We’re counting down the top documentary news of 2011 on New Year’s Eve!

Congress caught the web off guard at the end of 2011 when it moved quickly to debate the Stop Online Piracy Act (SOPA).

The legislation, if passed, would give the Department of Justice the power to shut down websites or internet service providers that facilitate copyright violation. That includes a few sites you may have heard of, including YouTube, Facebook, Twitter and countless others

Proponents of the legislation (including the Motion Picture Association of America and major media conglomerates) say it will protect creative professionals, while opponents say the bill will erode free-speech rights, cripple now-and-future digital distributors and otherwise stifle creativity, assuming the law is enforceable.

Hollywood has a lobbying edge over Silicon Valley, and the bill could reach a vote in early 2012.

(The video above overlays a pro-SOPA video by Viacom with anti-SOPA commentary. Below is Stephen Colbert’s take.)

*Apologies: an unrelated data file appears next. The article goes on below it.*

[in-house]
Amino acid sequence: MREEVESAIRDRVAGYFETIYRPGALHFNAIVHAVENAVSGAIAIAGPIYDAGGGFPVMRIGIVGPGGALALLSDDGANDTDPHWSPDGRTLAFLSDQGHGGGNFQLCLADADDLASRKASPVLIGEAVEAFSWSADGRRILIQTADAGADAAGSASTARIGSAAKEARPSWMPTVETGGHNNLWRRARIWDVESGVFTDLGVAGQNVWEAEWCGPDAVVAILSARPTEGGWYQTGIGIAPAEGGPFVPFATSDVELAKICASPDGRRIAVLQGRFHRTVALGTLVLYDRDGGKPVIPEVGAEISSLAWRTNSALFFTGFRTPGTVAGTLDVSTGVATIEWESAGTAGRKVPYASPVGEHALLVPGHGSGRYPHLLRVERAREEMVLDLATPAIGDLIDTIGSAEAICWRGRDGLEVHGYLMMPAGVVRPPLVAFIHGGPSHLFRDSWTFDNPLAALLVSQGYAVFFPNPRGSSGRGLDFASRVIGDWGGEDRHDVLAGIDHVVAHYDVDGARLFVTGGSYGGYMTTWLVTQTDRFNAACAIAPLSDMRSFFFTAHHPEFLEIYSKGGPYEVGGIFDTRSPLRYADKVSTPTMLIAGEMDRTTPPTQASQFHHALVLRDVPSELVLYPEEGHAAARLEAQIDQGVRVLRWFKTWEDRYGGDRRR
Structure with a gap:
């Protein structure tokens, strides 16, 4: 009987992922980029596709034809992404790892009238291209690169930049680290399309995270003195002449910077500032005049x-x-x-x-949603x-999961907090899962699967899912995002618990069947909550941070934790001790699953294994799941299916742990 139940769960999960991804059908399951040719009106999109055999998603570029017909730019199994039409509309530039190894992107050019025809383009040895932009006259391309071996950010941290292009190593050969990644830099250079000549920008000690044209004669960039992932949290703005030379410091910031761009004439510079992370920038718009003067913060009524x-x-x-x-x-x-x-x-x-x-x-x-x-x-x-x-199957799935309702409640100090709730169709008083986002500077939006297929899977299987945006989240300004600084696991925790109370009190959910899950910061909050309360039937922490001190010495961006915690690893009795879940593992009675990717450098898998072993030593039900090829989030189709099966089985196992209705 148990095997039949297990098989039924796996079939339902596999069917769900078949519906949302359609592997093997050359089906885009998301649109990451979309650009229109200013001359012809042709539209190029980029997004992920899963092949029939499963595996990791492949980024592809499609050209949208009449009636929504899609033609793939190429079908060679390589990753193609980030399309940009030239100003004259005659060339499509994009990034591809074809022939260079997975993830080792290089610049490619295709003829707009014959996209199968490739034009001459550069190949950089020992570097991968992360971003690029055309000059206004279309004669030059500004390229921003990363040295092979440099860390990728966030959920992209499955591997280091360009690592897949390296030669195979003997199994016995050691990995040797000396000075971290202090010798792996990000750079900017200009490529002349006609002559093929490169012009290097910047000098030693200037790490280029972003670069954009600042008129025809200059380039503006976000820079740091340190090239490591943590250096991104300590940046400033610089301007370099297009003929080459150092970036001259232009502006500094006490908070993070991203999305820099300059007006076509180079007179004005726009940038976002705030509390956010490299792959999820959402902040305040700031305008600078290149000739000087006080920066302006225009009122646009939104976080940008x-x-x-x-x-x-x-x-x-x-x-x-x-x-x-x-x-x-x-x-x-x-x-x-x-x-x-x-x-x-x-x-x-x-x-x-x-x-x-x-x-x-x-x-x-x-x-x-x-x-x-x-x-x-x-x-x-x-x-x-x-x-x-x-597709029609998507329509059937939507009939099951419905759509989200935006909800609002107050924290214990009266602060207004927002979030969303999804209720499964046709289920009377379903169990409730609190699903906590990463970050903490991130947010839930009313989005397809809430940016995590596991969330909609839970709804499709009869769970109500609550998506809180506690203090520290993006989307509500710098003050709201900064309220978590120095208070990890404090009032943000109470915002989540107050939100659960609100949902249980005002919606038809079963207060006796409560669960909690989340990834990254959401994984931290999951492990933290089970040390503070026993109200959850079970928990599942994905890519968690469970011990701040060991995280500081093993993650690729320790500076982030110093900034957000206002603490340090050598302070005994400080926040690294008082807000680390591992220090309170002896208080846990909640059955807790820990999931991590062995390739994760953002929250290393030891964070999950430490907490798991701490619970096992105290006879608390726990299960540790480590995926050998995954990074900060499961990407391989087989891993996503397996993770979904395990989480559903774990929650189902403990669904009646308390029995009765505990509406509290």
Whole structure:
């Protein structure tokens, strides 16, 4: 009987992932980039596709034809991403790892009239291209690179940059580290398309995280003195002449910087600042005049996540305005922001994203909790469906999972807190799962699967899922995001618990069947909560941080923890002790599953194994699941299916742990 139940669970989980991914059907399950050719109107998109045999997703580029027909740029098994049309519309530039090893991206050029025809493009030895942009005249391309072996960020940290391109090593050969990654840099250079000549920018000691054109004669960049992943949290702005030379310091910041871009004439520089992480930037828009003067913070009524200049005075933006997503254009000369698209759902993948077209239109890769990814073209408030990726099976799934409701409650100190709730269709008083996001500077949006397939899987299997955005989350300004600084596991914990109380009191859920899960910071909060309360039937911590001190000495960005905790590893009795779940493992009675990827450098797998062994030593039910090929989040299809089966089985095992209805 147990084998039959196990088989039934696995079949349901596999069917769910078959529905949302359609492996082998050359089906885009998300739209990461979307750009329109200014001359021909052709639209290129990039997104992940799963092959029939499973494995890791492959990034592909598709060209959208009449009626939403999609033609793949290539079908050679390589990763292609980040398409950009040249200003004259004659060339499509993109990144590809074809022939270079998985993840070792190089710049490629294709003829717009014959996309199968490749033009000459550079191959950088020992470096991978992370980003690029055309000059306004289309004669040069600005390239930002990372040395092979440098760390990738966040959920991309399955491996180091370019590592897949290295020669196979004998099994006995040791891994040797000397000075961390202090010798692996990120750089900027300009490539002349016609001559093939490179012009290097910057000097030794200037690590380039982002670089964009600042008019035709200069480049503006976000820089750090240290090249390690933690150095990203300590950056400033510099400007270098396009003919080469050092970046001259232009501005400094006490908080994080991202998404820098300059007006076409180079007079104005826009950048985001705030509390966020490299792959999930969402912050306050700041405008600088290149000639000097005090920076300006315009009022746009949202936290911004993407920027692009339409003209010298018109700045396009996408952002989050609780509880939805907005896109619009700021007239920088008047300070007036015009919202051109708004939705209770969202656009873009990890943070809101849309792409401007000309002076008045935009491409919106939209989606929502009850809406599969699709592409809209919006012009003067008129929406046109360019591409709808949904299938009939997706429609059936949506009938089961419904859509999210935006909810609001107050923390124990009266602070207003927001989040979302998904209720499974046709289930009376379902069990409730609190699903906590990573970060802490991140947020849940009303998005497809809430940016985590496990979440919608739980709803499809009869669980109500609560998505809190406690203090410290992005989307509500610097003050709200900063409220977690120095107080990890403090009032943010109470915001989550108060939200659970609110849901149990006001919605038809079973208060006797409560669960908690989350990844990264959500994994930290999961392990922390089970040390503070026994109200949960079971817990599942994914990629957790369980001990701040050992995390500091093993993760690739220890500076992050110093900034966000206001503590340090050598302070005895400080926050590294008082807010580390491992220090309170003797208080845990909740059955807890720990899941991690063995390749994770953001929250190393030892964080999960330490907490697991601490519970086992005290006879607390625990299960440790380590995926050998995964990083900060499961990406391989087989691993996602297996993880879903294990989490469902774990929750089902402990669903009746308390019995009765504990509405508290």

The 2011 Documentary Year in Review Countdown…

#12: Online payments
Ford Foundation Funds Webified Documentaries

#11: Off-camera confrontation
Michael Moore Sues the Weinsteins over ‘Fahrenheit 9/11’ Accounting

#10: A film by you
‘Life In A Day,’ a Documentary Culled from 80,000 Filmmakers, Premieres Online

#9: Cameraless documentary
‘Senna’ Breaks U.K. Box-Office Records

#8: Mobile device legend
Cinéma Vérité Pioneer Richard “Ricky” Leacock Dies

#7: Good karma
‘My Reincarnation’ Breaks Records on Kickstarter

#6: Seeing is beliebing
3-D Documentaries Hit Theaters

#5: Risks become real
War Documentarian Tim Hetherington (‘Restrepo’) Killed in Action

#4: No flash in the pan
Popcorn.js Brings HTML5 and Interactivity to Documentaries

#3: Mystery man
What if Banksy Wins an Oscar?

#2: Web threats
The Stop Online Piracy Act Catches the Web Off Guard

#1: Freedom fighters
The West Memphis 3, Subjects of the ‘Paradise Lost’ Documentary Series, Are Set Free

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POV Staff
POV (a cinema term for "point of view") is television's longest-running showcase for independent non-fiction films. POV premieres 14-16 of the best, boldest and most innovative programs every year on PBS. Since 1988, POV has presented over 400 films to public television audiences across the country. POV films are known for their intimacy, their unforgettable storytelling and their timeliness, putting a human face on contemporary social issues.